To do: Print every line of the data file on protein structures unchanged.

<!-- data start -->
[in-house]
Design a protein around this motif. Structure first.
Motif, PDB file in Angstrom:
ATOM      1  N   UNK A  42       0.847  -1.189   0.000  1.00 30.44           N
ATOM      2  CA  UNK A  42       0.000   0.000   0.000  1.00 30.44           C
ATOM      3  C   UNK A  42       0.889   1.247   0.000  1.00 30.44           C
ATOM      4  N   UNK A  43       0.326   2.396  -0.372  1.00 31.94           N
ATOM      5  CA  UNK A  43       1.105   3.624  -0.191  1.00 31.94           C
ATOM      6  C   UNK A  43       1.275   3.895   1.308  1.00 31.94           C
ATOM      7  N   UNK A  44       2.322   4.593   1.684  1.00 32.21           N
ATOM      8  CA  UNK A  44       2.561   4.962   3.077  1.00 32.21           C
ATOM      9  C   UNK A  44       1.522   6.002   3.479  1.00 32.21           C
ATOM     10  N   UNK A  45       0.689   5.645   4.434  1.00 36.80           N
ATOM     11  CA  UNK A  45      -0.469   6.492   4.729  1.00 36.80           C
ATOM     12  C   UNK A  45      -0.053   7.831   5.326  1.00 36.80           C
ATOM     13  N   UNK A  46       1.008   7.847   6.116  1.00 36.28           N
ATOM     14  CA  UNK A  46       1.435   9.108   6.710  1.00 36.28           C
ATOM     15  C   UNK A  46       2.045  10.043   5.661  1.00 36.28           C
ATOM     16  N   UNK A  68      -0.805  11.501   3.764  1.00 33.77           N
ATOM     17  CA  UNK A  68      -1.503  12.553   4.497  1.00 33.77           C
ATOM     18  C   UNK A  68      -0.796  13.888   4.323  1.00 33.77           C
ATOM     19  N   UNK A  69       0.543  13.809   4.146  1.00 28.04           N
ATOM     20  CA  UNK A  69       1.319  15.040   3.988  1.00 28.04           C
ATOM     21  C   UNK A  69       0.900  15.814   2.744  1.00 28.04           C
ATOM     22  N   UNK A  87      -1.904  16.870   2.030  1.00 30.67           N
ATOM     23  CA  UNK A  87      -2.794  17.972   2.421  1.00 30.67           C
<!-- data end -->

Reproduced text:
[in-house]
Design a protein around this motif. Structure first.
Motif, PDB file in Angstrom:
ATOM      1  N   UNK A  42       0.847  -1.189   0.000  1.00 30.44           N
ATOM      2  CA  UNK A  42       0.000   0.000   0.000  1.00 30.44           C
ATOM      3  C   UNK A  42       0.889   1.247   0.000  1.00 30.44           C
ATOM      4  N   UNK A  43       0.326   2.396  -0.372  1.00 31.94           N
ATOM      5  CA  UNK A  43       1.105   3.624  -0.191  1.00 31.94           C
ATOM      6  C   UNK A  43       1.275   3.895   1.308  1.00 31.94           C
ATOM      7  N   UNK A  44       2.322   4.593   1.684  1.00 32.21           N
ATOM      8  CA  UNK A  44       2.561   4.962   3.077  1.00 32.21           C
ATOM      9  C   UNK A  44       1.522   6.002   3.479  1.00 32.21           C
ATOM     10  N   UNK A  45       0.689   5.645   4.434  1.00 36.80           N
ATOM     11  CA  UNK A  45      -0.469   6.492   4.729  1.00 36.80           C
ATOM     12  C   UNK A  45      -0.053   7.831   5.326  1.00 36.80           C
ATOM     13  N   UNK A  46       1.008   7.847   6.116  1.00 36.28           N
ATOM     14  CA  UNK A  46       1.435   9.108   6.710  1.00 36.28           C
ATOM     15  C   UNK A  46       2.045  10.043   5.661  1.00 36.28           C
ATOM     16  N   UNK A  68      -0.805  11.501   3.764  1.00 33.77           N
ATOM     17  CA  UNK A  68      -1.503  12.553   4.497  1.00 33.77           C
ATOM     18  C   UNK A  68      -0.796  13.888   4.323  1.00 33.77           C
ATOM     19  N   UNK A  69       0.543  13.809   4.146  1.00 28.04           N
ATOM     20  CA  UNK A  69       1.319  15.040   3.988  1.00 28.04           C
ATOM     21  C   UNK A  69       0.900  15.814   2.744  1.00 28.04           C
ATOM     22  N   UNK A  87      -1.904  16.870   2.030  1.00 30.67           N
ATOM     23  CA  UNK A  87      -2.794  17.972   2.421  1.00 30.67           C